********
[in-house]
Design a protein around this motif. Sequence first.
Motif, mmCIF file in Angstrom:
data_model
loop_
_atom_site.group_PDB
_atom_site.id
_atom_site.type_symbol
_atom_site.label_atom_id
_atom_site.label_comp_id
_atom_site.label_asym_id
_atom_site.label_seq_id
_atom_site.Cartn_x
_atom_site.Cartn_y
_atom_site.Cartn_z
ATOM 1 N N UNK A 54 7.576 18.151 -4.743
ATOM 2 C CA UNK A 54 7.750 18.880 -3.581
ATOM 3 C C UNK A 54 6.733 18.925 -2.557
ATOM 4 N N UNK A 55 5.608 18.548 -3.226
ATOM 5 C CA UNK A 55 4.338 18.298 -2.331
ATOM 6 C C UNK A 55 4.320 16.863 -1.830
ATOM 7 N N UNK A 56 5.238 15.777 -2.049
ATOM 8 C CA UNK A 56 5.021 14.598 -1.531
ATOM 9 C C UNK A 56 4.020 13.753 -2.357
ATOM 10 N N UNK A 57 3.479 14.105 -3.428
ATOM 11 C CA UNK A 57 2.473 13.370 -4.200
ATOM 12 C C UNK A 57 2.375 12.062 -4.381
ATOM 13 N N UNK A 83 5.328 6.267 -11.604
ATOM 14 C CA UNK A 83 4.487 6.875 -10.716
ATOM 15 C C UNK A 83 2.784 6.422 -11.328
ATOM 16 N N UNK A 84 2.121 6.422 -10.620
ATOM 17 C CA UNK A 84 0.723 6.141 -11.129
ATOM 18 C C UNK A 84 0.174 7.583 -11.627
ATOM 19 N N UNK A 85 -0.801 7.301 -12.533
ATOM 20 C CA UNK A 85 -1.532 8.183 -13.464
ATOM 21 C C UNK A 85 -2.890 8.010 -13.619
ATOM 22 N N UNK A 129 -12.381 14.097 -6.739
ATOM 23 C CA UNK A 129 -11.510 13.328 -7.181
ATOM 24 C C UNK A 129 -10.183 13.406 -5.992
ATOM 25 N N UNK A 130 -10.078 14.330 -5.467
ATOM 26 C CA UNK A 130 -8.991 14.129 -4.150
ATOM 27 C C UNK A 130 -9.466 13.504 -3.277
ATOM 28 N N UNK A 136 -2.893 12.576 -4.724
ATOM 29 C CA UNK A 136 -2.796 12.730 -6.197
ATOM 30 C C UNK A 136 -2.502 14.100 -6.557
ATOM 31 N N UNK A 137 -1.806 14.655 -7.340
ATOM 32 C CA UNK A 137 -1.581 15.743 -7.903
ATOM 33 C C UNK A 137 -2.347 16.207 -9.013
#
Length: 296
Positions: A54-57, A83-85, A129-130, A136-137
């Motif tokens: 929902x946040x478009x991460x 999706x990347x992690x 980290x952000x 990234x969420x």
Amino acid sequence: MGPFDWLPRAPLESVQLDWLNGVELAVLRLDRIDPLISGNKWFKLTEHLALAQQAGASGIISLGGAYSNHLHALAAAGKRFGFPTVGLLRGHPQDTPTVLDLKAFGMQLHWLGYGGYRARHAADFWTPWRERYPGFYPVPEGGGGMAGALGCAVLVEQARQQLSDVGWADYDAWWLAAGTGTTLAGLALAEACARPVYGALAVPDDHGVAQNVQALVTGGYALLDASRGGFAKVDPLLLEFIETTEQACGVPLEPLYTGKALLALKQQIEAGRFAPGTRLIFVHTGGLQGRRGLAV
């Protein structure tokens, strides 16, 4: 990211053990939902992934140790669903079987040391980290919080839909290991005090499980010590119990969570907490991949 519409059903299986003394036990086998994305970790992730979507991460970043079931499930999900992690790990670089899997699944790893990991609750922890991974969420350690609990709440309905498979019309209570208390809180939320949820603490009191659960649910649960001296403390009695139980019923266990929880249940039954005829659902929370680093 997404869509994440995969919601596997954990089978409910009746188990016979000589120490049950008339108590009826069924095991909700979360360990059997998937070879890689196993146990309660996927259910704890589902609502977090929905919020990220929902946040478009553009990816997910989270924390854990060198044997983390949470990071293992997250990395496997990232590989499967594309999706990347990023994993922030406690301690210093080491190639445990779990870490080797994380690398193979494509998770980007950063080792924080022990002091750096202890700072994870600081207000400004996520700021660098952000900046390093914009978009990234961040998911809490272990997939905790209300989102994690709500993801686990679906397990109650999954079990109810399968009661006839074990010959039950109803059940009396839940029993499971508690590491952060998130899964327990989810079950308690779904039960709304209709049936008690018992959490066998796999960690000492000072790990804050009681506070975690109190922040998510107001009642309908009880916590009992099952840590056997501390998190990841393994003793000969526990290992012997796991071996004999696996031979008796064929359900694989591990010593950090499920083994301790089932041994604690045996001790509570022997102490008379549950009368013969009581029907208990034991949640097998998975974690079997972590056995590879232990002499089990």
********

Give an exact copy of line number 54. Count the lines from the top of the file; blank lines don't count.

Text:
């Protein structure tokens, strides 16, 4: 990211053990939902992934140790669903079987040391980290919080839909290991005090499980010590119990969570907490991949 519409059903299986003394036990086998994305970790992730979507991460970043079931499930999900992690790990670089899997699944790893990991609750922890991974969420350690609990709440309905498979019309209570208390809180939320949820603490009191659960649910649960001296403390009695139980019923266990929880249940039954005829659902929370680093 997404869509994440995969919601596997954990089978409910009746188990016979000589120490049950008339108590009826069924095991909700979360360990059997998937070879890689196993146990309660996927259910704890589902609502977090929905919020990220929902946040478009553009990816997910989270924390854990060198044997983390949470990071293992997250990395496997990232590989499967594309999706990347990023994993922030406690301690210093080491190639445990779990870490080797994380690398193979494509998770980007950063080792924080022990002091750096202890700072994870600081207000400004996520700021660098952000900046390093914009978009990234961040998911809490272990997939905790209300989102994690709500993801686990679906397990109650999954079990109810399968009661006839074990010959039950109803059940009396839940029993499971508690590491952060998130899964327990989810079950308690779904039960709304209709049936008690018992959490066998796999960690000492000072790990804050009681506070975690109190922040998510107001009642309908009880916590009992099952840590056997501390998190990841393994003793000969526990290992012997796991071996004999696996031979008796064929359900694989591990010593950090499920083994301790089932041994604690045996001790509570022997102490008379549950009368013969009581029907208990034991949640097998998975974690079997972590056995590879232990002499089990």